Between 1978 and 1983, as punk was going DIY, then going hardcore, Ivy Green only released one song: the great "Pak 'm Beet" on seminal Dutch-language-only comp LP Uitholling Overdwars. Some of the acts on this record would become super famous in Holland in 3-4 years time, but Ivy Green's Chuck Berry-style ode to "playing with it" leaves them far behind, gasping in the dust clouds. The lyrics are hilarious; I'm not going to translate as that would spoil the effect; suffice to say this is a Dutch cousin of "Orgasm Addict".

Another Subculture Going Bad
Sex On The Radio
Mister, Mister (from first LP, 1978)
Pak 'm Beet (1979)

March 17, 2006


Just got the Special AKA's 1982 single "The Boiler" in the mail the other day. I got home late at night and put it on the turntable. It starts off like some sort of Easy Listening blues, not unlike some tracks on the 2nd Specials album, which is no coincidence as this was Jerry ("bike rack") Dammers' post-Specials band. There's a girl telling a story in a matter-of-fact Cockney accent about meeting some bloke, who insists on buying her some "gear", then they go out, he buys her drinks, etc. The tune - which isn't as arresting as some other Dammers compositions like "Ghost Town" or the Miles-Davis-played-by-Hungarian-gypsies "War Crimes" - shuffles ahead. Then he wants to go up to her place; she refuses, he gets angry, walks away. She's on her own, in the street. Then suddenly someone grabs her and... At this point the screaming starts; I had to gradually turn the volume down until I could only hear the sound of the needle, because I was afraid my girlfriend would wake up and run down the stairs, but also because it made me feel plain embarrassed listening to it.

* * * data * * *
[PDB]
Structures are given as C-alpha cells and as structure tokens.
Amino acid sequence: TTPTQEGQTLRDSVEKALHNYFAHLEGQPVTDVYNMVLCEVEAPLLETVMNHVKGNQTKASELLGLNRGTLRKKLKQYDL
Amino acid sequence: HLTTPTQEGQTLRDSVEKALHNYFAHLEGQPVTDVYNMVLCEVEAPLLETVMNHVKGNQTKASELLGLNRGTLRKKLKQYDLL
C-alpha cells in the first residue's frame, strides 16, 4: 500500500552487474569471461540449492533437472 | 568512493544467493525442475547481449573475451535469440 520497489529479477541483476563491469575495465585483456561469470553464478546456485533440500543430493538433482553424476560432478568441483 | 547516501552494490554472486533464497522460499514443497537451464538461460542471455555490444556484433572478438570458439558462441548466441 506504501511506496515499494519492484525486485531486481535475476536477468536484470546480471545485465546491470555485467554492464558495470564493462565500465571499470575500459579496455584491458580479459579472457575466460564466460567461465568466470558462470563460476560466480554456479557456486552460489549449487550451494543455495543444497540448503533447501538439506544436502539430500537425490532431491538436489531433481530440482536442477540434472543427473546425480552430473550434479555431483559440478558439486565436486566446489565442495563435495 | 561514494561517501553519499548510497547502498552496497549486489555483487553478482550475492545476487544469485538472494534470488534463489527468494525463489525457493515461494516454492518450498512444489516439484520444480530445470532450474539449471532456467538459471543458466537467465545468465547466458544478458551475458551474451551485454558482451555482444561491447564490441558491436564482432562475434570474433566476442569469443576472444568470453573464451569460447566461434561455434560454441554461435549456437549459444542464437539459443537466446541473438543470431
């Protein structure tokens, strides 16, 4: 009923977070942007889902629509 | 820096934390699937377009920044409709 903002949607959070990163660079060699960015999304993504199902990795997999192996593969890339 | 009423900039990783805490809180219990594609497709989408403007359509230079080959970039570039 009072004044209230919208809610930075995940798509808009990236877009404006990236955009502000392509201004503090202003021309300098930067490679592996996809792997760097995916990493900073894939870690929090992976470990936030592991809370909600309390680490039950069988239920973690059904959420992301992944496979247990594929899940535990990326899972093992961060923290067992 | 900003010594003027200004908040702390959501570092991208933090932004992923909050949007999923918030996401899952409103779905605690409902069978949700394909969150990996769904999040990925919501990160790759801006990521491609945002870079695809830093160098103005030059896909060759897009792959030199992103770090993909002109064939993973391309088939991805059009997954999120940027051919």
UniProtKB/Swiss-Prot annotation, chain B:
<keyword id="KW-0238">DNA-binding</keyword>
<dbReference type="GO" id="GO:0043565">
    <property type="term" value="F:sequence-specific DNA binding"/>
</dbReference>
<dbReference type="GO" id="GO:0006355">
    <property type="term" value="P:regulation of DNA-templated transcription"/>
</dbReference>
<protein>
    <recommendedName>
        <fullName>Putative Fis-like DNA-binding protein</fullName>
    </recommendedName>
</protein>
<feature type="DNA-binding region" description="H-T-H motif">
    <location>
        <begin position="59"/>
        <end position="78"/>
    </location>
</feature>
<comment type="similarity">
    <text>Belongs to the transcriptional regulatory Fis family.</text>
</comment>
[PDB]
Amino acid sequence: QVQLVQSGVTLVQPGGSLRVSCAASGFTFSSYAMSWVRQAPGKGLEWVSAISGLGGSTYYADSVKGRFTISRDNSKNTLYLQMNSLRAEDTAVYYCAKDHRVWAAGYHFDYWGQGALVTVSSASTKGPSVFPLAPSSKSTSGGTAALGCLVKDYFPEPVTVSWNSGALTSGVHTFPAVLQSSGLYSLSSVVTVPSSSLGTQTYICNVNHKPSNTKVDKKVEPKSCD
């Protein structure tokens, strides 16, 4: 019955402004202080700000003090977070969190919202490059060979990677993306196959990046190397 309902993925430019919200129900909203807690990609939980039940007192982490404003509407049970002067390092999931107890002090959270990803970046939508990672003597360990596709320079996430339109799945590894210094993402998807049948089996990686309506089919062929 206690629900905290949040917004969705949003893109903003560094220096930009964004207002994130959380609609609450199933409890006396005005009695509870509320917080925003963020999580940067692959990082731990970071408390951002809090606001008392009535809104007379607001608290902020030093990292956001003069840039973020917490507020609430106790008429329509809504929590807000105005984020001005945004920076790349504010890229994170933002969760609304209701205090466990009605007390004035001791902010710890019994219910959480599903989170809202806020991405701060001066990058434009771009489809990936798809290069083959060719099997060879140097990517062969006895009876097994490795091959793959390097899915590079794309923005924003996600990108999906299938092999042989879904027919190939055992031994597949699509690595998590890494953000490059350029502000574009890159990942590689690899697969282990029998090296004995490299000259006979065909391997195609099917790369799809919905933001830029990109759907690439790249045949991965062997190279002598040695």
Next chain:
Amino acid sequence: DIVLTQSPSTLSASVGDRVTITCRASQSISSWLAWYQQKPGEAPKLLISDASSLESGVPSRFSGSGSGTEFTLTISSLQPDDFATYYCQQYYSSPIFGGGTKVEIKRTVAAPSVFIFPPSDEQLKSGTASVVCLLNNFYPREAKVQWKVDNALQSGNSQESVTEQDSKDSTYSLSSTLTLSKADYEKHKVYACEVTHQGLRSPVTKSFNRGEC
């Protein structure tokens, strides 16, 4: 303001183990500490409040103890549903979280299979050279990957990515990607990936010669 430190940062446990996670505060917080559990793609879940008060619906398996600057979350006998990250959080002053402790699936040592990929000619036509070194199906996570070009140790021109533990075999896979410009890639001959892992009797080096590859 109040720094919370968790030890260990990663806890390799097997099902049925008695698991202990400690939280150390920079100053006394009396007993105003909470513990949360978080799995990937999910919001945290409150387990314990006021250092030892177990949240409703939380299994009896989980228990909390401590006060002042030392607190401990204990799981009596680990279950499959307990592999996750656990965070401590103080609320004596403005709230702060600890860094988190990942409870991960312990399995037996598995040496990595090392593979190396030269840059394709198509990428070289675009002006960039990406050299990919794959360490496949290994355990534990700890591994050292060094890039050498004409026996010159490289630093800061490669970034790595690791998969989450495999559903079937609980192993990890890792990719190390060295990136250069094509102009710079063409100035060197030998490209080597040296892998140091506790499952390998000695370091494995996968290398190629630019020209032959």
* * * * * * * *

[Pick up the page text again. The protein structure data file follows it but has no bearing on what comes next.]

For Jerry Dammers to put out this track as a single, hot on the heels of the Specials' 1980-81 string of hits, was a sure-fire way of committing commercial suicide. What was he thinking? Try to imagine some deejay in 1982 spinning this inbetween "Agadoo" and "'Taint what you do" (by those other former Specials, Fun Boy Three)... Try to imagine people playing this even to dance to... It's impossible. I guess he just put this record out because he felt he had to, simple as that.
It made me think of an equally harrowing song, but from the viewpoint of the perpetrator: "Gunpoint Affection" by the great DC punk band Black Market Baby. Now I don't usually post American mp3's as that's taken care of nicely by a bunch of other blogs, but I'll make an exception for this one. When this song appeared on their 1983 Senseless Offerings LP (one of the best punk LP's ever) some people thought they were actually glorifying rape. Well, they sure don't sing "It's bad! It's bad!"; but the fact that you can't clearly figure out where the band stands makes the song all the more powerful and harrowing, in my opinion.

Special AKA feat. Rhoda Dakar - The Boiler